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A salary continuation plan is an agreement whereby
the employer agrees to continue the employee's salary at retirement, death
or, in some cases, disability. A salary continuation plan differs from a deferred
compensation plan in that in the deferred compensation plan the employee essentially
funds the plan through the employee's deferred wages. In the salary continuation
plan, the employer funds the plan as an additional benefit.
The agreement generally requires the employer to pay the employee (or his
assignee) continuing payments upon retirement in return for the employee's
continued employment with the employer during the term of the agreement. Generally
the employee agrees to not compete with the employer for a period of time or
in a specific geographic location. If the employee leaves the employee of the
employer, the agreement terminates.
Benefits are often expressed in terms of a percentage of salary and length
of service, starting at retirement and extending for a period of time. Some
agreements also have provisions for death benefits as well as for benefits
to be paid if the employee becomes disabled prior to retirement.
The cost of the plan is directly related to the benefits provided. An internal
fund could be established by the employer to meet the obligations of the agreement;
however, there are potential downsides to creating a fund for that purpose.
For example, corporations would have the accumulated earnings tax to consider
for unused funds, the funds could be exposed to the employer's creditors, etc.)
The ideal way to fund the plan is to purchase a life insurance policy on each
employee involved in the plan. The employer applies for the insurance, pays
for the premiums and is the beneficiary of the life of each employee. The employer
then has options to address the policy benefits as they relate to each employee:
the employer can either pay the benefit out of available cash and be reimbursed
by the death benefit at the employee’s death
the employer can borrow against the cash value of the insurance policy
to meet its obligations to the employee
if the employee dies, the employer can recover all of the employer's costs
from the death benefit.
The employer does not receive a tax deduction on the premiums paid since the
company is both the owner and the beneficiary of the policies. If the employer
surrenders the policy, the difference between the cash received and the premiums
paid by the employer is taxed as ordinary income. If the employer does not
surrender the policy and keeps it in force, the employer receives the death
benefit tax free at the employee's death.
As a nonqualified incentive plan, the employer can discriminate among employees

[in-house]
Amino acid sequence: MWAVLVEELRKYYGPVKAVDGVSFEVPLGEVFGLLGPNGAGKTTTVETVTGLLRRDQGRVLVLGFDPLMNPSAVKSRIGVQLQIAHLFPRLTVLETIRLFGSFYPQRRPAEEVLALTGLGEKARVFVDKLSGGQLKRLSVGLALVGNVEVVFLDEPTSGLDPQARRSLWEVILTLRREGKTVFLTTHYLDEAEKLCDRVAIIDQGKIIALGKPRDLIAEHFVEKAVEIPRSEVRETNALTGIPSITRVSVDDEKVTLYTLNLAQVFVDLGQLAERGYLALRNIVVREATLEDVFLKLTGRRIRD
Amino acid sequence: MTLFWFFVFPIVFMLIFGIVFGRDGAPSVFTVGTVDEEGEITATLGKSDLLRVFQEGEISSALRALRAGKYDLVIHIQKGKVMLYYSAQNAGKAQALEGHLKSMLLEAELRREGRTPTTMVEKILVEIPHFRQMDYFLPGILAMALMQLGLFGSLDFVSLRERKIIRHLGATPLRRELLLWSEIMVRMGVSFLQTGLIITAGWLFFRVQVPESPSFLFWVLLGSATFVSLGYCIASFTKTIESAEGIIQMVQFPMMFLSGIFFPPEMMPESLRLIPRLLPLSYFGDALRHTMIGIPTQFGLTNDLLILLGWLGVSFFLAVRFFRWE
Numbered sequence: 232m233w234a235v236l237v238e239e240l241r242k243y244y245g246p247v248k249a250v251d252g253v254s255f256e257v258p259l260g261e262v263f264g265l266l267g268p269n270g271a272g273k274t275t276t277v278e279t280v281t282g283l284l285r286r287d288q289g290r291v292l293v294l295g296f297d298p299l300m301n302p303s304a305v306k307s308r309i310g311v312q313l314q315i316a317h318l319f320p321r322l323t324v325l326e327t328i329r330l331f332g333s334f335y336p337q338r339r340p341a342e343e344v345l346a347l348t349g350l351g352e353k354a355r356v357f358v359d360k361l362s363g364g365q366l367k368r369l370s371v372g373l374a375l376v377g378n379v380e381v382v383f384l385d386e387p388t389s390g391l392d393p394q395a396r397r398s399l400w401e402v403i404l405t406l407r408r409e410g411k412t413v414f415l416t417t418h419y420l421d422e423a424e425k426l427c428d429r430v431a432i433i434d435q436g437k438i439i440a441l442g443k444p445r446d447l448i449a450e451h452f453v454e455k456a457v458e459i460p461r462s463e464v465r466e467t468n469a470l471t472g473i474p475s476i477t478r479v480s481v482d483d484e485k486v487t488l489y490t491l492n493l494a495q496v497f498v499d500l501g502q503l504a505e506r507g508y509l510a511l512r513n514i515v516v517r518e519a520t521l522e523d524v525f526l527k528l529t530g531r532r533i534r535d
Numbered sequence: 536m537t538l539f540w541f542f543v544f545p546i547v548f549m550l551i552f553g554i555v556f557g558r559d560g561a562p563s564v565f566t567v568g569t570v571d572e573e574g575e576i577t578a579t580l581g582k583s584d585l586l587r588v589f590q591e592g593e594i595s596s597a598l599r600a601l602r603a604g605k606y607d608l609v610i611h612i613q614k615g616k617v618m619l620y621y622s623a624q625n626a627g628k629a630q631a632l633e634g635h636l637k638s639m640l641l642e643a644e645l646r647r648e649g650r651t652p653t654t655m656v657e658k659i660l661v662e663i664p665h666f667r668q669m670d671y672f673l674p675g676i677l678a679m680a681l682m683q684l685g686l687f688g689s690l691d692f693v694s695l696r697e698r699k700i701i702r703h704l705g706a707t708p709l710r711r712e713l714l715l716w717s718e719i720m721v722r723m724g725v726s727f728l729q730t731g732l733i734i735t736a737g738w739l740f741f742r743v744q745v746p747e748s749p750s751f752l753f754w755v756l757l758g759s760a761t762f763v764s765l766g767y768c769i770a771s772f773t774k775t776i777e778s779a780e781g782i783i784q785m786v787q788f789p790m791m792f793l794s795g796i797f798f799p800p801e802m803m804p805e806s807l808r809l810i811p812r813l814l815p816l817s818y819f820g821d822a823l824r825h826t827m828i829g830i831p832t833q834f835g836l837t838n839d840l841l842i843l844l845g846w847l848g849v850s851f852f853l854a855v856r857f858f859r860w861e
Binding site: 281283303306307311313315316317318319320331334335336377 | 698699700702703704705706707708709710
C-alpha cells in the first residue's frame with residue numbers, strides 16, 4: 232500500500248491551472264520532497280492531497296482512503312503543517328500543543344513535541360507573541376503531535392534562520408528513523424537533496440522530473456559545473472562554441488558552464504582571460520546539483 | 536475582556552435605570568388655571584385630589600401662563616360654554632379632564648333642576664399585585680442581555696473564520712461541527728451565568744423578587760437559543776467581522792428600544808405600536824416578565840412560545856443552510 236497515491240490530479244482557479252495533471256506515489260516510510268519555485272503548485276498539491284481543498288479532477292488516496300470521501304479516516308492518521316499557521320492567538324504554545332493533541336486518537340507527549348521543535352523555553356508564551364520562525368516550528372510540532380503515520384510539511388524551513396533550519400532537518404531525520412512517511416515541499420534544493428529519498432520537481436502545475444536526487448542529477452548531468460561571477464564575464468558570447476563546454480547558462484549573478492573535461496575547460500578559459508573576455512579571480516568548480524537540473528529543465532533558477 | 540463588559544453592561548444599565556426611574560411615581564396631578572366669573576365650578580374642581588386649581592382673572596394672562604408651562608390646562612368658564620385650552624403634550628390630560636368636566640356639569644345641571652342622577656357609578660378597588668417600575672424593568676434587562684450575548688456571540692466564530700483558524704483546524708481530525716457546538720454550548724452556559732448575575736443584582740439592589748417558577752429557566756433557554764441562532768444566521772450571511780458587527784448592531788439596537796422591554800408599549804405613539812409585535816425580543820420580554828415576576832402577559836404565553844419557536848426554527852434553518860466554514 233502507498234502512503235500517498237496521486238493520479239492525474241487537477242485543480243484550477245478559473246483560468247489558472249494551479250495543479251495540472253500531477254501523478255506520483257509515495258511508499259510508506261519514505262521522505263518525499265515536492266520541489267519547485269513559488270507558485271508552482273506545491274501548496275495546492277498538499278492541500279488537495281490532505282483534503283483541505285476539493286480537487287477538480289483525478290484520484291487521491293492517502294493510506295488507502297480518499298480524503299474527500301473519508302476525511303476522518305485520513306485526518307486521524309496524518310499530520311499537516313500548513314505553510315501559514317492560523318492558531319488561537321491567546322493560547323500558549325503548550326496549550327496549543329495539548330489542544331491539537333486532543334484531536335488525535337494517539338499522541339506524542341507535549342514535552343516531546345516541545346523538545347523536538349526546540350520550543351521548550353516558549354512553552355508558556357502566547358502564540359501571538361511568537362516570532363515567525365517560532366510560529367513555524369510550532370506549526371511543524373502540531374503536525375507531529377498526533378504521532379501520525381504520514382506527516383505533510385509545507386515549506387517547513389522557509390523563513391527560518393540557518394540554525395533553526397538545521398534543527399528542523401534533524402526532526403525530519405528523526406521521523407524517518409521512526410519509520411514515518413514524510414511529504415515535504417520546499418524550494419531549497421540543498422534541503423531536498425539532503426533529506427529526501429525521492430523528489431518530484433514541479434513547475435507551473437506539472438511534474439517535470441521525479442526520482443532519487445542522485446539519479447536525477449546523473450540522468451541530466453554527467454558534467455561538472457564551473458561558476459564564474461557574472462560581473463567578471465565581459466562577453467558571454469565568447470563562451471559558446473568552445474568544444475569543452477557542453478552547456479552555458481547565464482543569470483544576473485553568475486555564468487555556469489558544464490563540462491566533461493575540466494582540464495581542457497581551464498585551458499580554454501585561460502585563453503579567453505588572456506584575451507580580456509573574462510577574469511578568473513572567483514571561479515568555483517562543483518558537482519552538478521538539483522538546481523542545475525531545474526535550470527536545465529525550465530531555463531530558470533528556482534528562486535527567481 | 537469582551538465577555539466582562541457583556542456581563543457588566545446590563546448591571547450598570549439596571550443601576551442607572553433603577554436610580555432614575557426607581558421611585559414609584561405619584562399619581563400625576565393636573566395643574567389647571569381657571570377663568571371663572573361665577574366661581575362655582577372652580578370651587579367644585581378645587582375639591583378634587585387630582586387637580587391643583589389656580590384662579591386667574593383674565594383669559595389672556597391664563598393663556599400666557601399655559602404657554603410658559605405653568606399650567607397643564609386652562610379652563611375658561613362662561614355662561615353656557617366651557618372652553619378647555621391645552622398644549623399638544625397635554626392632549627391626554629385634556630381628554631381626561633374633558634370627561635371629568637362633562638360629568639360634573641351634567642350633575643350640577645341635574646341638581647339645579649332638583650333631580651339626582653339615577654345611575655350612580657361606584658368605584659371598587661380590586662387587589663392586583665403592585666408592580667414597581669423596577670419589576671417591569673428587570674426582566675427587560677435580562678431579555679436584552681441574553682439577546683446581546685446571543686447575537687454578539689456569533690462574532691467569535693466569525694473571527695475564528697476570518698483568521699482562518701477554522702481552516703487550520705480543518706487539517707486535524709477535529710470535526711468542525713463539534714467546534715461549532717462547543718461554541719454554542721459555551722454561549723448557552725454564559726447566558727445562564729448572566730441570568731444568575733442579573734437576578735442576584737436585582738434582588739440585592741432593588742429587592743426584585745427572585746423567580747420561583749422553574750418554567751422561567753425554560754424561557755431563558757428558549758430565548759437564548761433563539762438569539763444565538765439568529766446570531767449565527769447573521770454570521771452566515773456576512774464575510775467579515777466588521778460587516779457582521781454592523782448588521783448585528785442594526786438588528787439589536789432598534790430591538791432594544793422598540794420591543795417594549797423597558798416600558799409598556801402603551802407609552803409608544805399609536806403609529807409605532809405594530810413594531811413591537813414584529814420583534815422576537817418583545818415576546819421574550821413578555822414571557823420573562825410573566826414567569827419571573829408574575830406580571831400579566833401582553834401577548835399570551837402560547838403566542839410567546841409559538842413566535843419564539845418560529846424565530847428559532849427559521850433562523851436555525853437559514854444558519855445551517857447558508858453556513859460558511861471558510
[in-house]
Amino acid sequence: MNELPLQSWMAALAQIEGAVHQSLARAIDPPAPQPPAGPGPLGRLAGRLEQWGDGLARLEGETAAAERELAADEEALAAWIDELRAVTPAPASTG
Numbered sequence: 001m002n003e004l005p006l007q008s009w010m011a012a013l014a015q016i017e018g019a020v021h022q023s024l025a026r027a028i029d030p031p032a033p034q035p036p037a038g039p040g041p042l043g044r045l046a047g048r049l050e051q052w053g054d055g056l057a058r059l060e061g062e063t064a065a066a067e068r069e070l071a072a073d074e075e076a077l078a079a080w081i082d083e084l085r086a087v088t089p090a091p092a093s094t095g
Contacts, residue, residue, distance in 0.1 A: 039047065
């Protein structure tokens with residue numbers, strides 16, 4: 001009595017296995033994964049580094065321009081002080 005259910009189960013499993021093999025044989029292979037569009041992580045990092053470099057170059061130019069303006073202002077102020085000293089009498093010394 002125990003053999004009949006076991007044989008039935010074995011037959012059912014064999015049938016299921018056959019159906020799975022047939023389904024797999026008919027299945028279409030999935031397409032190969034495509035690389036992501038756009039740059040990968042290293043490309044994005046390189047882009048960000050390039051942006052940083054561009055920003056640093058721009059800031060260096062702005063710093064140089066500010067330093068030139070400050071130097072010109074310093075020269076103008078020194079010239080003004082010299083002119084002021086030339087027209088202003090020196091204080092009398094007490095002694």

and offer the plan to key executives or other key employees. It is ideal for
highly compensated executives who find themselves in higher tax brackets with
each raise or bonus received as it defers income from peak earning years to
some future years, usually retirement, when the highly paid executive is in
a lower tax bracket.
The plan has several key advantages:
IRC ERISA regulations are not applicable to nonqualified plans
employers are free to select the eligible participants and benefits are
the plans help recruiting and retention of key employees
the plans can be discontinued at any time
they are easy to establish ad administer
the employee does not have to report taxable income until the benefits
are actually received
the company can recover all costs of the plan through properly designed
Any agreements and insurance policies within a business must be integrated
with the overall plan and objectives of the business. Careful consideration
must be given to the selection of the plan which is right for your business
and to the method of funding your plan.
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This material contains only general descriptions and is not a solicitation
to sell any insurance product or security, nor is it intended as any financial
or tax advice. For information about specific insurance needs or situations,
contract your insurance agent. Our articles are intended to assist in educating
you about insurance generally and not to provide personal service. They may
not take into account your personal characteristics such as budget, assets,
risk tolerance, family situation or activities which may affect the type of
insurance that would be right for you. In addition, state insurance laws and
insurance underwriting rules may affect available coverage and its costs. If
you need more information or would like personal advice you should consult
an insurance professional. You may also visit your state’s insurance
department for more information.